• The potential legal and social implications of increasing the THC limit for hemp, such as the impact on drug testing, law enforcement, public health, and public perception of cannabis.
  • The resistance and skepticism from some lawmakers, anti-drug groups, and conservative groups, who may view raising the THC limit for hemp as a step towards legalizing marijuana, or as a threat to the existing marijuana markets and regulations.
  • The uncertainty and complexity of the legislative process and timeline, especially in the context of the 2023 Farm Bill, which is expected to address various agricultural and rural issues.

What are the current efforts and actions to raise the THC limit for hemp?

Despite the challenges and oppositions, the hemp industry and its allies are actively pursuing and supporting various efforts and actions to raise the THC limit for hemp, such as:

  • The National Association of State Departments of Agriculture (NASDA), a nonpartisan group representing state agriculture regulators, voted in February 2021 to support an amendment to the federal definition of hemp to increase the THC concentration to 1% or less.
  • The Cannabis Regulators Association (CANNRA), a nonpartisan association of government officials representing cannabis and hemp regulatory agencies, sent a letter in September 2021 to the U.S. Senate and House agriculture committees, urging them to address hemp-derived cannabinoids in the 2023 Farm Bill, and to consider five specific changes, including defining THC in terms of both THCA and delta-9 THC, and clarifying that the 0.3% THC threshold applies only to the plant.
  • The Hemp Access and Consumer Safety Act, a bipartisan bill introduced in March 2021 by Senators Ron Wyden, Rand Paul, and Jeff Merkley, would amend the Federal Food, Drug, and Cosmetic Act to allow hemp-derived CBD and other cannabinoids to be used as dietary supplements and food additives, and would also increase the THC limit for hemp to 1%.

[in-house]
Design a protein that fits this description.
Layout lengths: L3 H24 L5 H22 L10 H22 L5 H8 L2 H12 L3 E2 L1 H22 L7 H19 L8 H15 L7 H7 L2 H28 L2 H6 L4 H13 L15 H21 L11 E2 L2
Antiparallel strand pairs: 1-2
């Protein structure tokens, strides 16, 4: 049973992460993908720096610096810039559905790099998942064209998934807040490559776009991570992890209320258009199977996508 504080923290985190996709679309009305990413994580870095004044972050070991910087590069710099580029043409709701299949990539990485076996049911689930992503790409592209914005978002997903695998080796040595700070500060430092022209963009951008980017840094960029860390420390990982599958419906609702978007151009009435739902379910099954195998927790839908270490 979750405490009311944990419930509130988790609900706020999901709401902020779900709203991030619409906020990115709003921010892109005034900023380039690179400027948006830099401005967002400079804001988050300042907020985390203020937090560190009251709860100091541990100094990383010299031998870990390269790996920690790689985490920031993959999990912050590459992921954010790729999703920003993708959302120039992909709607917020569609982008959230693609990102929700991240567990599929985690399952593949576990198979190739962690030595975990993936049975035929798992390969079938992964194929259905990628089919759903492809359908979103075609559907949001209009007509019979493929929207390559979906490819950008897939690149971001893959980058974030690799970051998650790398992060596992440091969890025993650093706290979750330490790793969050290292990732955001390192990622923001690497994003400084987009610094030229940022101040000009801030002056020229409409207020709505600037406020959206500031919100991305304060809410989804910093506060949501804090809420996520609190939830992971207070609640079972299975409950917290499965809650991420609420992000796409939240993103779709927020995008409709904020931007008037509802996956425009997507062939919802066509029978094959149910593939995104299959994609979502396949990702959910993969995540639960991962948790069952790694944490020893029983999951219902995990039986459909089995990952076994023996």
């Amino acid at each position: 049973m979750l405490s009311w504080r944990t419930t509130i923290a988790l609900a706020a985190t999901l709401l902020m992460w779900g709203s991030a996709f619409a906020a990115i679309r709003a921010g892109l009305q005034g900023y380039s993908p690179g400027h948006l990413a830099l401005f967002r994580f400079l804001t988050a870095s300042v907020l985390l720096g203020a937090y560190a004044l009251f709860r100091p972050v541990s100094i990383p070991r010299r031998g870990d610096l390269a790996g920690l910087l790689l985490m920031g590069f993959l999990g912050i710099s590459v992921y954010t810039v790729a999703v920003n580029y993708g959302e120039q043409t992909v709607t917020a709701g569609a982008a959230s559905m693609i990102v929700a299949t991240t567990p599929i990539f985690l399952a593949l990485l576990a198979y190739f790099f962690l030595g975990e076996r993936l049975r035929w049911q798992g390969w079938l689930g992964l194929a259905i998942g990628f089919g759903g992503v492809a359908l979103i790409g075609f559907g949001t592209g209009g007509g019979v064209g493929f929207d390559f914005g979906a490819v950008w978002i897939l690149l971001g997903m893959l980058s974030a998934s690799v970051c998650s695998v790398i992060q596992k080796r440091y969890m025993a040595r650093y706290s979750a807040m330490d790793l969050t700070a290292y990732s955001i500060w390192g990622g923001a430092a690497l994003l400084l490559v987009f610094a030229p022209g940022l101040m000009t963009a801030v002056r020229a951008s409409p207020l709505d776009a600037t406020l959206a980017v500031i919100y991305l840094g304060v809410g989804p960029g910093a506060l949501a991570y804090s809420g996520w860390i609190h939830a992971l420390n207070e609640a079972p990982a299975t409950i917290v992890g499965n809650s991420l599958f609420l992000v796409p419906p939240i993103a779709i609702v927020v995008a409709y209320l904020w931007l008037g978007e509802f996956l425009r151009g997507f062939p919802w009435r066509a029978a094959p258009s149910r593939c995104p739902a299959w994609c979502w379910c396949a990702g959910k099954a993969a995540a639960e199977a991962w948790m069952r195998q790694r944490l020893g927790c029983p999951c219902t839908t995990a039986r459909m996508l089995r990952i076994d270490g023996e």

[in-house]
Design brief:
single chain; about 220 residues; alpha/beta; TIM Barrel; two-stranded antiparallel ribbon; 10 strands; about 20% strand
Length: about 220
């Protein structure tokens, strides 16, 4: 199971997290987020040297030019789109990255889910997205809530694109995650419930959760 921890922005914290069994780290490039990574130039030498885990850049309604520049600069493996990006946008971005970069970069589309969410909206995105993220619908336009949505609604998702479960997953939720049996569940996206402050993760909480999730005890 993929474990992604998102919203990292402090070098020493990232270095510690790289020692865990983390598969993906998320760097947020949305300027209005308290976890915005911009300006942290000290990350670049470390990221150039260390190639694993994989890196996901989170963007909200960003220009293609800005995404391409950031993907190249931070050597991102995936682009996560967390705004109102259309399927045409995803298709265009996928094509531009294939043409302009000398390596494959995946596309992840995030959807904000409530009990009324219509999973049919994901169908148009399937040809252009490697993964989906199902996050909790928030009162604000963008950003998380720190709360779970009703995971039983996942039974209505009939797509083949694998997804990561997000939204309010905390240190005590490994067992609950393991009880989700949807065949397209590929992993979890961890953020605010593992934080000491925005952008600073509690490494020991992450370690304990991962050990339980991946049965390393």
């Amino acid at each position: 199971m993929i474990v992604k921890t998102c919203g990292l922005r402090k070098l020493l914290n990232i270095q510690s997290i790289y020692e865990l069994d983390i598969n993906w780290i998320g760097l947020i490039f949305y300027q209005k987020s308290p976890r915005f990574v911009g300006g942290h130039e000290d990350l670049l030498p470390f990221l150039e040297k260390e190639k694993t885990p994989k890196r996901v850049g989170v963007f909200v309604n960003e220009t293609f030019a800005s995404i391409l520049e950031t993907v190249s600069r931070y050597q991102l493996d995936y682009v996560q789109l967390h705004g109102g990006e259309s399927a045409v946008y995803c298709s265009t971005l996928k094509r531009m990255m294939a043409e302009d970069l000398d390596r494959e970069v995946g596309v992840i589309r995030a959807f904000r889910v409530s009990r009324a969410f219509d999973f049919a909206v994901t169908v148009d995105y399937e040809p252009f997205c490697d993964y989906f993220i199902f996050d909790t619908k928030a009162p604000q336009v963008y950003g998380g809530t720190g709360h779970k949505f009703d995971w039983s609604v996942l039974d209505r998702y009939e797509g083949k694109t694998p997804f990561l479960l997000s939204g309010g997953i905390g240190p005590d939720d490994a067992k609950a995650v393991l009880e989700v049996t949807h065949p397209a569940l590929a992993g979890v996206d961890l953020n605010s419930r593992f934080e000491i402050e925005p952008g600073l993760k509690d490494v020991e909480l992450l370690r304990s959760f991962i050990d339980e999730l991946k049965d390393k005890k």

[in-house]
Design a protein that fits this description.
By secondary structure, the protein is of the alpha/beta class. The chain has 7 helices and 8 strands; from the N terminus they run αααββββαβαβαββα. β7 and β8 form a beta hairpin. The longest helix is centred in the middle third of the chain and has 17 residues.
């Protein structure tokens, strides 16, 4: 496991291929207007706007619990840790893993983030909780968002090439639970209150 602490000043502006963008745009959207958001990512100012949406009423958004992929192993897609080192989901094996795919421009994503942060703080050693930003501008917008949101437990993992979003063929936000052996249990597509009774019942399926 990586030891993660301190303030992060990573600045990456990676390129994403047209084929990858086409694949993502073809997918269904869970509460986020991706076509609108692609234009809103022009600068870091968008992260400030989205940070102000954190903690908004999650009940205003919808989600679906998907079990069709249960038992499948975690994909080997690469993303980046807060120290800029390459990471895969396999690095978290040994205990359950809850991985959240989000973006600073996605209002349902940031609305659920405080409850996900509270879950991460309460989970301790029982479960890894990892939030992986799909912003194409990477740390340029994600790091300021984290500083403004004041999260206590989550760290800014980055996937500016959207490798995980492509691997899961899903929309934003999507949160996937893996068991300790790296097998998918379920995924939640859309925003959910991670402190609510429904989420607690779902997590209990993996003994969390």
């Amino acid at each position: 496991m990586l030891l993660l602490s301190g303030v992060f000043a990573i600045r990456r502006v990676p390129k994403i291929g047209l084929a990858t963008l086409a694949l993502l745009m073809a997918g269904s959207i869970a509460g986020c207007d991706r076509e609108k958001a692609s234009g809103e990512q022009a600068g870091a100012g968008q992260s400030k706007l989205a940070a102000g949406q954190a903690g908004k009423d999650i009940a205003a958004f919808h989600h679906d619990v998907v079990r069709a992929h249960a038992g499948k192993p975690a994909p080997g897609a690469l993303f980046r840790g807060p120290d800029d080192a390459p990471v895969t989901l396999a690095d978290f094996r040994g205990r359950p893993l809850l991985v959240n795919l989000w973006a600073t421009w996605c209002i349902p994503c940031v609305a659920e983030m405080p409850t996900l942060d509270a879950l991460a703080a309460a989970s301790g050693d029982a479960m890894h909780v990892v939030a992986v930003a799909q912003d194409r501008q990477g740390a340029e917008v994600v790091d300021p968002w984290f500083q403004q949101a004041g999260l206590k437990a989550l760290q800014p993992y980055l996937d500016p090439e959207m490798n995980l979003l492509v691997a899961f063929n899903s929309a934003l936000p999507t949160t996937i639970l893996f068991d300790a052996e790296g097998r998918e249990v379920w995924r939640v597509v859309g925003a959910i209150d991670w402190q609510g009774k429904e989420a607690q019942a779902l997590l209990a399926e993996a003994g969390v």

• The Hemp Economic Mobilization Plan (HEMP) Act, a bill introduced in November 2020 by Representative Kurt Schrader, would amend the Agricultural Marketing Act of 1946 to increase the THC limit for hemp to 1%, and to establish a national hemp testing program.

The hemp industry hopes that these efforts and actions will gain more support and momentum in the coming months, and that Congress will act swiftly and favorably to raise the THC limit for hemp, as part of the 2023 Farm Bill or as a standalone legislation.

By Benjamin Parker

Benjamin Parker is a seasoned senior content writer specializing in the CBD niche at CBD Strains Only. With a wealth of experience and expertise in the field, Benjamin is dedicated to providing readers with comprehensive and insightful content on all things CBD-related. His in-depth knowledge and passion for the benefits of CBD shine through in his articles, offering readers a deeper understanding of the industry and its potential for promoting health and wellness.